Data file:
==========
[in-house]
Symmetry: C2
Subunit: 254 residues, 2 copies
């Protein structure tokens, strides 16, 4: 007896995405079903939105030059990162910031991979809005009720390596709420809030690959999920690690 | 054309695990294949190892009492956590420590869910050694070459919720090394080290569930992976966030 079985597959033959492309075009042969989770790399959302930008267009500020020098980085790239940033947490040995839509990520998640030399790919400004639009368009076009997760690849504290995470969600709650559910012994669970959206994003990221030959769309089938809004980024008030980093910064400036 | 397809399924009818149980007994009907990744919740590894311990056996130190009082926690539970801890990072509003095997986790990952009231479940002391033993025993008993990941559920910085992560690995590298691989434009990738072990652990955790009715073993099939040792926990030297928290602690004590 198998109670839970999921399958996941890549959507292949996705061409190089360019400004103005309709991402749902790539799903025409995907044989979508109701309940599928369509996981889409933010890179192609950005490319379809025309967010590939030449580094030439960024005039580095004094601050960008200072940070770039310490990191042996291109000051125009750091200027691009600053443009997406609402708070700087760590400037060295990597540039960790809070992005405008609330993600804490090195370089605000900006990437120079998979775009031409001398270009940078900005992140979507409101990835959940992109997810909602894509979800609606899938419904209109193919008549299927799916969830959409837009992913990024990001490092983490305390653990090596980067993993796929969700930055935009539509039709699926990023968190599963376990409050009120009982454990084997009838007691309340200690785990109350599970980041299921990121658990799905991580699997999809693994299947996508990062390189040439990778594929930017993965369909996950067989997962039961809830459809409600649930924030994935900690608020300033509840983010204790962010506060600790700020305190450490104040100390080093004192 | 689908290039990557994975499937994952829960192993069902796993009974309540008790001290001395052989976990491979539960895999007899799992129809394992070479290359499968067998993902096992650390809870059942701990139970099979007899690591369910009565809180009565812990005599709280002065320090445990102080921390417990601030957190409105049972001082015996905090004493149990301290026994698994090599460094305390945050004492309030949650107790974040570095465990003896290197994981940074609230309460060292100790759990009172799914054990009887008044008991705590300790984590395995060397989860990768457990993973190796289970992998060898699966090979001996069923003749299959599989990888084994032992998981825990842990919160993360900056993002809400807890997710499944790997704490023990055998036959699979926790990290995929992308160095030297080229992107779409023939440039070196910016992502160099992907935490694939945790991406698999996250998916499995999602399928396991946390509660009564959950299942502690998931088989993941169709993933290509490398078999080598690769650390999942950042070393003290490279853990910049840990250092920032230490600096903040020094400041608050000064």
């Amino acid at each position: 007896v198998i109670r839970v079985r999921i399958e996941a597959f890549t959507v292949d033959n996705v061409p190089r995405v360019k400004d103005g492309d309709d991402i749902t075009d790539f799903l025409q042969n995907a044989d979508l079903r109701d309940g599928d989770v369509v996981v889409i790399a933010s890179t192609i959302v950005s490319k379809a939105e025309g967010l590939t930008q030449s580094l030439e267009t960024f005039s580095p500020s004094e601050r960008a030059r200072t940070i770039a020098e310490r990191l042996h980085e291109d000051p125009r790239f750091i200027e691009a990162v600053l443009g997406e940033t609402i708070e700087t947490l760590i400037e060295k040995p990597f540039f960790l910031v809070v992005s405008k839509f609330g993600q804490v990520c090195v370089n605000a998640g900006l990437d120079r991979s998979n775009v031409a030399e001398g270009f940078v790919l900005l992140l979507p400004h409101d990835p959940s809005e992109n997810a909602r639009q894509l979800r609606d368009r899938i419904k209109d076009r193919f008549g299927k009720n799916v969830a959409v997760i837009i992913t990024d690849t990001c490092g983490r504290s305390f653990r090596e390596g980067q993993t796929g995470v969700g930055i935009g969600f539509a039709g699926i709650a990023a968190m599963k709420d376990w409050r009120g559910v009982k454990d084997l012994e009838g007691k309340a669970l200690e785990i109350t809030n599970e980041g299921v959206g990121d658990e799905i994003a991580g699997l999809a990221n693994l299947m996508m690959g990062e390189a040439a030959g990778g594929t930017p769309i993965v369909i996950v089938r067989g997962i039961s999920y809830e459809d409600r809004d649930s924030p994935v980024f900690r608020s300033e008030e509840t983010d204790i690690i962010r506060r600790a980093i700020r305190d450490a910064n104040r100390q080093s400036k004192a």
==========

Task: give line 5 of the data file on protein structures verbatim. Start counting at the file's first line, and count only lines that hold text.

């Amino acid at each position: 007896v198998i109670r839970v079985r999921i399958e996941a597959f890549t959507v292949d033959n996705v061409p190089r995405v360019k400004d103005g492309d309709d991402i749902t075009d790539f799903l025409q042969n995907a044989d979508l079903r109701d309940g599928d989770v369509v996981v889409i790399a933010s890179t192609i959302v950005s490319k379809a939105e025309g967010l590939t930008q030449s580094l030439e267009t960024f005039s580095p500020s004094e601050r960008a030059r200072t940070i770039a020098e310490r990191l042996h980085e291109d000051p125009r790239f750091i200027e691009a990162v600053l443009g997406e940033t609402i708070e700087t947490l760590i400037e060295k040995p990597f540039f960790l910031v809070v992005s405008k839509f609330g993600q804490v990520c090195v370089n605000a998640g900006l990437d120079r991979s998979n775009v031409a030399e001398g270009f940078v790919l900005l992140l979507p400004h409101d990835p959940s809005e992109n997810a909602r639009q894509l979800r609606d368009r899938i419904k209109d076009r193919f008549g299927k009720n799916v969830a959409v997760i837009i992913t990024d690849t990001c490092g983490r504290s305390f653990r090596e390596g980067q993993t796929g995470v969700g930055i935009g969600f539509a039709g699926i709650a990023a968190m599963k709420d376990w409050r009120g559910v009982k454990d084997l012994e009838g007691k309340a669970l200690e785990i109350t809030n599970e980041g299921v959206g990121d658990e799905i994003a991580g699997l999809a990221n693994l299947m996508m690959g990062e390189a040439a030959g990778g594929t930017p769309i993965v369909i996950v089938r067989g997962i039961s999920y809830e459809d409600r809004d649930s924030p994935v980024f900690r608020s300033e008030e509840t983010d204790i690690i962010r506060r600790a980093i700020r305190d450490a910064n104040r100390q080093s400036k004192a």